Domino’s, one of the world’s most well-known pizza companies, suffers from a hacked system in Australia. Customers have been receiving spam emails that are trying to phish, disguised as the legitimate communication from Domino’s.
On Tuesday, October 17, Domino’s Australia woke up to a flood of complaints from customers. They discovered phishing emails pretending to be from Domino’s, inquiring about the suburb where they are residing. Strangely, these spam emails were addressing people by their first names, confirming suspicions that the pizza company’s computer system was breached and leaked customers’ private data.
Such information, according to Domino’s managing director Don Meij, is confidential and managed by a supplier that they had in the past. The supplier used to manage the company’s online rating system, which stored customers’ names and email addresses, as well as store names and orders.
The company insisted that it was not their system that was compromised, but the former suppliers. Domino’s issued a statement showing gratitude to customers for being patient and understanding while they are conducting their investigation and promises to come up with a satisfactory resolution.
Statements from customers seem to reflect a different sentiment and a less optimistic tone, though. A Facebook user named Mitchell Dale commented that he is creeped out by the fact that the spam emails address him with his first name and keep dodging the email spam filter.
Another customer expressed incredulity that he had to find out about the data breach through Reddit and that Domino’s allegedly chose to stay mum about the incident and kept people uninformed until the story blew up. It is uncertain when the company first became aware of the hacked computer systems.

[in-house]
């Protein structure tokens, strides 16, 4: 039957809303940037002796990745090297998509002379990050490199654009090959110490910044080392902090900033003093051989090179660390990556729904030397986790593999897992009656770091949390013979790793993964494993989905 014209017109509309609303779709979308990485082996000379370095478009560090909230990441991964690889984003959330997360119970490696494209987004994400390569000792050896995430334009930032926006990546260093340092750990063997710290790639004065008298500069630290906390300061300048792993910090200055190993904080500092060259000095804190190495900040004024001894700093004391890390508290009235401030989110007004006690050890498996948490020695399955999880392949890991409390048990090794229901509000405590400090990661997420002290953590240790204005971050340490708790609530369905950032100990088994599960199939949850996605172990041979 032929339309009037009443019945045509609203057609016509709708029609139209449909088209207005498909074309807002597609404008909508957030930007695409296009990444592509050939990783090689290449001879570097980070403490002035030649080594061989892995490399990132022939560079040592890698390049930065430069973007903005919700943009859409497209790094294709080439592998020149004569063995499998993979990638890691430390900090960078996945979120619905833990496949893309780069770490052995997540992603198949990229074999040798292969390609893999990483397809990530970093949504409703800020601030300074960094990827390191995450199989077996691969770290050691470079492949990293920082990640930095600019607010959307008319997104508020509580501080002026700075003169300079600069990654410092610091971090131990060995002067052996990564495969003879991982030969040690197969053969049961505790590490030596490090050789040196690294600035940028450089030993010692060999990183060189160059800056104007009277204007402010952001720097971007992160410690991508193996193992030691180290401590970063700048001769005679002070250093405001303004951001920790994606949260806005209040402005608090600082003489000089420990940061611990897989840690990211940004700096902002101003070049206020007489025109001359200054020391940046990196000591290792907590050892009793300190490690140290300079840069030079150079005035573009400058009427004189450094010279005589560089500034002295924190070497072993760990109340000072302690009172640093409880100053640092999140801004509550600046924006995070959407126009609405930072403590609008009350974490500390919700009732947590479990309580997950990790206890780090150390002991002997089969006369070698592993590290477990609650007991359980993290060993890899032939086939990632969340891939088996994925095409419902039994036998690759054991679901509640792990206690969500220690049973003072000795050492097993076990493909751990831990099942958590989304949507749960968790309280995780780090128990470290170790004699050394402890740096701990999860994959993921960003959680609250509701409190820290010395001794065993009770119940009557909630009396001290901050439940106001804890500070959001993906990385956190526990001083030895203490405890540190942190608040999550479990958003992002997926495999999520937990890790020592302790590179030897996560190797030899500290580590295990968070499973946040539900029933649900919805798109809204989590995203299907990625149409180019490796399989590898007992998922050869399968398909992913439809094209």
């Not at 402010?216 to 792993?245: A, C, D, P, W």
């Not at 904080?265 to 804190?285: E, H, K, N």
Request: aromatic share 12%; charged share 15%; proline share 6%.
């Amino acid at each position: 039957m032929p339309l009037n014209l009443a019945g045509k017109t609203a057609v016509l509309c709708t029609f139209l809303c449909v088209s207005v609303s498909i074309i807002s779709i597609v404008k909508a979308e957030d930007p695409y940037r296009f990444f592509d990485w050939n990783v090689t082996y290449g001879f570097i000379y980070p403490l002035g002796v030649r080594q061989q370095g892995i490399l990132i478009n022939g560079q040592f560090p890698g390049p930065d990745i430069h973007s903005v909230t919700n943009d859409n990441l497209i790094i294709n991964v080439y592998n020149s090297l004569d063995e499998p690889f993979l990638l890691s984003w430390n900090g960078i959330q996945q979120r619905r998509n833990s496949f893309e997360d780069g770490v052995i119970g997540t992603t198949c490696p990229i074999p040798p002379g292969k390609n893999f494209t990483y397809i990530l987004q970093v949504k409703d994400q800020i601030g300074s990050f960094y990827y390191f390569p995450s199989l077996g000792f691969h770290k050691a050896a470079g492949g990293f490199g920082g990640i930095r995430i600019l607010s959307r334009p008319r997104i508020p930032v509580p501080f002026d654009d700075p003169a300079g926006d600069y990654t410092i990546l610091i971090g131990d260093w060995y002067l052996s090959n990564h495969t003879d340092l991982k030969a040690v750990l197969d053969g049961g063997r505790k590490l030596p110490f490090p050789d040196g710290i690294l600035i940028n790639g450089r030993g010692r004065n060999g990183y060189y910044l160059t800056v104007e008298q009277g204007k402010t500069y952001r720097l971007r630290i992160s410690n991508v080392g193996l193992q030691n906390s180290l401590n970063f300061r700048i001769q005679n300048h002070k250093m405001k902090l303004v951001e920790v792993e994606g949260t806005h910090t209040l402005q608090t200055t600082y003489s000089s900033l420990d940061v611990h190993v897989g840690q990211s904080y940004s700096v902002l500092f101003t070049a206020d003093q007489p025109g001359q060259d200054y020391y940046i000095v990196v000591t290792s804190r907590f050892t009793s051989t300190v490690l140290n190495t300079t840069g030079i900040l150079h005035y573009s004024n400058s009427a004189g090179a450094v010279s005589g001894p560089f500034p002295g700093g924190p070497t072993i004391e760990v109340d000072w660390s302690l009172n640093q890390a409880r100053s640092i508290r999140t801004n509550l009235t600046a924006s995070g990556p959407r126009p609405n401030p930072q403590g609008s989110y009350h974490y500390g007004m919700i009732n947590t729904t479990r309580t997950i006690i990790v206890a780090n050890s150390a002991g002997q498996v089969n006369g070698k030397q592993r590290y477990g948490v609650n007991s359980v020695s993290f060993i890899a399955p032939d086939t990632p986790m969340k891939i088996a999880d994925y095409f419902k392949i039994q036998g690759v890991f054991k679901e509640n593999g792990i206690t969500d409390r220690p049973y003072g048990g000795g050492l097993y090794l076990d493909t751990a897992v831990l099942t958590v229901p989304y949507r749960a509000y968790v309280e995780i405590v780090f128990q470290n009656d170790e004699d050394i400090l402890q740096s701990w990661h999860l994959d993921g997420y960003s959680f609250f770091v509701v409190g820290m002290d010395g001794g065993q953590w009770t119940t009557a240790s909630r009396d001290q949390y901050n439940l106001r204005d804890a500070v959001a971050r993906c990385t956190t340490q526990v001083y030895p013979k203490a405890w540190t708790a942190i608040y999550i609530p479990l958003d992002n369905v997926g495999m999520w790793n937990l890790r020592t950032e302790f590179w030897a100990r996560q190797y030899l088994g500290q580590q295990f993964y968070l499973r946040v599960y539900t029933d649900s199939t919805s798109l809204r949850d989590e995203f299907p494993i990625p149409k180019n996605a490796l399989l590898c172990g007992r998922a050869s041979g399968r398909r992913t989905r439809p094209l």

Domino’s is trying to reassure people that their websites are free from data theft threats and therefore are safe to use without having to update account information. They did give a reminder, however, that people should veer on the side of prudence and remain vigilant against more phishing attempts. One of the tips that they gave is to avoid clicking on links contained in suspicious emails.
The hacker is still at large, and Domino’s escalated the incident to the Office of the Australian Information Commissioner and the Office of the Privacy Commissioner in New Zealand.
This is not the only publicized incident of hacking this week. In other parts of the world, even a wider scale of the data breach was reported. For instance, in South Africa, 60 million private data were hacked. A day after that incident in South Africa, a report erupted in Malaysia, exposing 57 million records stolen from different websites, telecom carriers, and important government agencies. The Malaysian government ordered the takedown of the report shortly afterward.